February 3, 2023

Introducing the 9500 Node Distribution Test System to Support Advanced Power Applications


The 9500 Node Test System is a representative section of distribution power system model developed as a part of the GridAPPS-D™ project, an effort funded by DOE as a part of the Grid Modernization Lab Consortium (GMLC) program. The test system was developed to fulfill a growing need to represent the rapidly evolving state of electric distribution systems by combining elements of legacy infrastructure systems, modern feeder topologies , and an anticipated future with smart grid technologies. It also provides a network model capable of supporting the simulation of operational scenarios such as the ones in a utility distribution control center. This test system allows the evaluation of the performance of advanced power applications in real-time, such as one that simulates the operations of an Advanced Distribution Management Systems (ADMS), Distributed Energy Resource Management Systems (DERMS), etc. in a Distribution control center. This model is an extension of the widely used IEEE 8500 Node Test Feeder and is currently being validated to become an IEEE test case to help increase adoption and widespread usage among both academia and industry. It is a full-size model representative of a section of a utility’s distribution system with multiple feeders fed from different substations. The model includes multiple distribution circuits, a sub-transmission system, multiple substations, behind the meter customer rooftop photovoltaics (PV), and multiple utility-scale distributed energy resources. To enable accurate simulations of operational scenarios, the 9500 Node Test System is designed to support procedure-based operations, with the ability to realistically demonstrate switching operations, feeder reconfiguration, adjustment of volt-var control equipment, dispatch of distributed generation, and response to planned and unplanned outages. The 9500 Node Test System includes three radial distribution feeders with 12.3 MVA of average load, consisting of both medium voltage and low voltage equipment each supplied by a different distribution substation. The three distribution feeders are connected to each other through Normally-Open switches which can be closed when needed to simulate restoration scenarios due to a fault. One feeder represents today’s grid with low penetration of customer-side renewables. The second represents a potential future grid with microgrids and 100% renewable penetration. The third has no customer generation resources, a district steam plant, and a utility-scale solar farm. The three diverse circuits were created to allow the simulation of both today’s situation as well as potential future scenarios. All three feeders have customers connected by low-voltage secondary triplex lines. This test system meets all requirements outlined in the report for creating a simulation environment that would enable discussion between key technical stakeholders as well as having the potential to accelerate operational application development and their subsequent testing and integration. The new model is a possible representation of what we believe the distribution grid may look like in the future: a high penetration of renewables, reconfigurable radial and mesh topology, numerous DERs, islanded microgrids, and significantly increased data and measurement density. The system supports both the solution of existing and newer algorithms but also enables the evaluation of applications in a realistic operational environment defined by task oriented procedural steps that represent the interaction between the control center operator and field personnel.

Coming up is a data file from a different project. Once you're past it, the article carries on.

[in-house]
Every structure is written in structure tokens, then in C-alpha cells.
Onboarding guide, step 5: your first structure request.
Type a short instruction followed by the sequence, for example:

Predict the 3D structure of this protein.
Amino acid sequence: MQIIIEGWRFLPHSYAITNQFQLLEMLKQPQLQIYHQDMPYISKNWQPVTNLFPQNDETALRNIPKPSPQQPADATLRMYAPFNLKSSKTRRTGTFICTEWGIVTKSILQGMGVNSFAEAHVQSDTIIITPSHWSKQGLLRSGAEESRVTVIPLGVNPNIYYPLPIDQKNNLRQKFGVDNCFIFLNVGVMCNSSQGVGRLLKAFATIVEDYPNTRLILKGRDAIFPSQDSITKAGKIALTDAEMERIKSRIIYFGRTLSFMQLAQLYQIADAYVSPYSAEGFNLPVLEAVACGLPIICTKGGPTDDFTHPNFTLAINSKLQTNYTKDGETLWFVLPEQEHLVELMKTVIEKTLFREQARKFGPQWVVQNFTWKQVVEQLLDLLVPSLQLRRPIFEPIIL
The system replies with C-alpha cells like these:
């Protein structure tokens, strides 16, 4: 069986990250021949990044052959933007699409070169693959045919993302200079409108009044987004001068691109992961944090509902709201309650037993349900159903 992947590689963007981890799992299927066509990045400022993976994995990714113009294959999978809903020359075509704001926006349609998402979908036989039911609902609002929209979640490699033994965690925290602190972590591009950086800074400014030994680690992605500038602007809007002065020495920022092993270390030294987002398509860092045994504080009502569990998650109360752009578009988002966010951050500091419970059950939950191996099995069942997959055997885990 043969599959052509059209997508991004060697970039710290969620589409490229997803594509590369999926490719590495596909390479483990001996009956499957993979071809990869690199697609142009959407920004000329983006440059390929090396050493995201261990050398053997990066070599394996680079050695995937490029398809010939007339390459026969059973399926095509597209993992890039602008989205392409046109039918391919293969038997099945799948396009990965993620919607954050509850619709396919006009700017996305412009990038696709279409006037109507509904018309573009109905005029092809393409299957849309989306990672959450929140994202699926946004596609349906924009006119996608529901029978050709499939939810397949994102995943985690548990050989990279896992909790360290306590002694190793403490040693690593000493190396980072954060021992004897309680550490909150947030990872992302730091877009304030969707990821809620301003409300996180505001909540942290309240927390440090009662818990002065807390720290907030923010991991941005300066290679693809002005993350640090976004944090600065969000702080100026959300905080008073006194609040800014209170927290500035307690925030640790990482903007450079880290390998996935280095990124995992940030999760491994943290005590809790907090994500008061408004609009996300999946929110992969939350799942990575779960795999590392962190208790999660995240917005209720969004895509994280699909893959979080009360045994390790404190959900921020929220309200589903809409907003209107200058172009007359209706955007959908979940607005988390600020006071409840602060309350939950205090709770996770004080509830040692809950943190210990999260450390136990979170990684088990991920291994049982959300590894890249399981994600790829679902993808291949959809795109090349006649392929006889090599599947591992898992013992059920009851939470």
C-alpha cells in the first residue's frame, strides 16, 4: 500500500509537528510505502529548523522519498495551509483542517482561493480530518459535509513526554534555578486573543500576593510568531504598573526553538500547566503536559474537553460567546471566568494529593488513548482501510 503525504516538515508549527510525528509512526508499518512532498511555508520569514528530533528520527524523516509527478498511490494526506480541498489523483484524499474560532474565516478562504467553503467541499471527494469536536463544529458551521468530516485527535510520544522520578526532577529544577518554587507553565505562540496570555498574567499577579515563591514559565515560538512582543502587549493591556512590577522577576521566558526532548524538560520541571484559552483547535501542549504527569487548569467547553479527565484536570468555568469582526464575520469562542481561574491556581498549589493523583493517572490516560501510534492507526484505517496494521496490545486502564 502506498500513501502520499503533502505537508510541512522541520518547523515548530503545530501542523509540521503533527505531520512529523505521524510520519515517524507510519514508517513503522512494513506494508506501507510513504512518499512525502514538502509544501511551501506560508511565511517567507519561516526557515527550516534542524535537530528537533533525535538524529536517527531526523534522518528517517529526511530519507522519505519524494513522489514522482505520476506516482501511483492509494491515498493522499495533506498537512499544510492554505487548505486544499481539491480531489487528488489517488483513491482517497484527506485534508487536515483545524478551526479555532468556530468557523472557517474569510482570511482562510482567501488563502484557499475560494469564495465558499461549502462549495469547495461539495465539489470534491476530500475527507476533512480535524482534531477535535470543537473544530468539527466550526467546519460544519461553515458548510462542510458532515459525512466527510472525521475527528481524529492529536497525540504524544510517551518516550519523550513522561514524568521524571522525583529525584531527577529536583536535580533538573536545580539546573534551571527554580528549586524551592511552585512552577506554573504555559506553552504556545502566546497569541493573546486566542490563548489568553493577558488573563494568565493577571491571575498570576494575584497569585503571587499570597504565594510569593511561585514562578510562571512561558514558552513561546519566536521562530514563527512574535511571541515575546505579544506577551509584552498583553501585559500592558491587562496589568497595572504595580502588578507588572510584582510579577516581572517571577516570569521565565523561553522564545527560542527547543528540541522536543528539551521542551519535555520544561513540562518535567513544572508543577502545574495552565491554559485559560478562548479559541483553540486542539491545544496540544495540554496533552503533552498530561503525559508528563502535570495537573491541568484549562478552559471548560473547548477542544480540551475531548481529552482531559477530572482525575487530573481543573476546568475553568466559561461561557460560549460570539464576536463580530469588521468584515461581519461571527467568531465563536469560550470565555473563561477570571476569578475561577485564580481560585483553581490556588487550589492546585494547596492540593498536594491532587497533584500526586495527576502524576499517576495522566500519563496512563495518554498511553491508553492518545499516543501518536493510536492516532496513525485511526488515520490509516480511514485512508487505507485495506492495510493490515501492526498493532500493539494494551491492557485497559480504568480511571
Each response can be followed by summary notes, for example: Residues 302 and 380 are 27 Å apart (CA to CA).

Published: February 3, 2023


Anderson A.A., S.V. Vadari, J.L. Barr, S. Poudel, A. Dubey, T.E. McDermott, and R. Podmore. 2022. Introducing the 9500 Node Distribution Test System to Support Advanced Power Applications Richland, WA: Pacific Northwest National Laboratory.

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